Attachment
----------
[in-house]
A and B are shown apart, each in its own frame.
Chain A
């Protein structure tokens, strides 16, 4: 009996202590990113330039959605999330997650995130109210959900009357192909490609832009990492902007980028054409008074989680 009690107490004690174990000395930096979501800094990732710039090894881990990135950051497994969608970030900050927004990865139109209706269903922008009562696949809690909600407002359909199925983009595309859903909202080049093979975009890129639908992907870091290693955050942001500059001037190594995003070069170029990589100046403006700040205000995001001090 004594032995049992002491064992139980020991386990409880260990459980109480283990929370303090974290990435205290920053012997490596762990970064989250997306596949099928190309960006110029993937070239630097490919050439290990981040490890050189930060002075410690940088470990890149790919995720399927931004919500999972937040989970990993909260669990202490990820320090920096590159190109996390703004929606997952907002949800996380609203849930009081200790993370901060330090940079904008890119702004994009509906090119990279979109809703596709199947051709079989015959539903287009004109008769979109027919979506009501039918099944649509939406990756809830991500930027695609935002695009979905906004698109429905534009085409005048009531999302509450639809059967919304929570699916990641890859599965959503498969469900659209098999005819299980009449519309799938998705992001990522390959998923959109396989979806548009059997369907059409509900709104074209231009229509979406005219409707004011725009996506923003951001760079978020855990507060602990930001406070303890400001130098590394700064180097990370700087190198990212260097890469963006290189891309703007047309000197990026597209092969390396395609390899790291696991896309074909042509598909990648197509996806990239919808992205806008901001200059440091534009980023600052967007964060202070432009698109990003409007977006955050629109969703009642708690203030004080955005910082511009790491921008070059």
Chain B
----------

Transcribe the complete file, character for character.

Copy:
[in-house]
A and B are shown apart, each in its own frame.
Chain A
């Protein structure tokens, strides 16, 4: 009996202590990113330039959605999330997650995130109210959900009357192909490609832009990492902007980028054409008074989680 009690107490004690174990000395930096979501800094990732710039090894881990990135950051497994969608970030900050927004990865139109209706269903922008009562696949809690909600407002359909199925983009595309859903909202080049093979975009890129639908992907870091290693955050942001500059001037190594995003070069170029990589100046403006700040205000995001001090 004594032995049992002491064992139980020991386990409880260990459980109480283990929370303090974290990435205290920053012997490596762990970064989250997306596949099928190309960006110029993937070239630097490919050439290990981040490890050189930060002075410690940088470990890149790919995720399927931004919500999972937040989970990993909260669990202490990820320090920096590159190109996390703004929606997952907002949800996380609203849930009081200790993370901060330090940079904008890119702004994009509906090119990279979109809703596709199947051709079989015959539903287009004109008769979109027919979506009501039918099944649509939406990756809830991500930027695609935002695009979905906004698109429905534009085409005048009531999302509450639809059967919304929570699916990641890859599965959503498969469900659209098999005819299980009449519309799938998705992001990522390959998923959109396989979806548009059997369907059409509900709104074209231009229509979406005219409707004011725009996506923003951001760079978020855990507060602990930001406070303890400001130098590394700064180097990370700087190198990212260097890469963006290189891309703007047309000197990026597209092969390396395609390899790291696991896309074909042509598909990648197509996806990239919808992205806008901001200059440091534009980023600052967007964060202070432009698109990003409007977006955050629109969703009642708690203030004080955005910082511009790491921008070059």
Chain B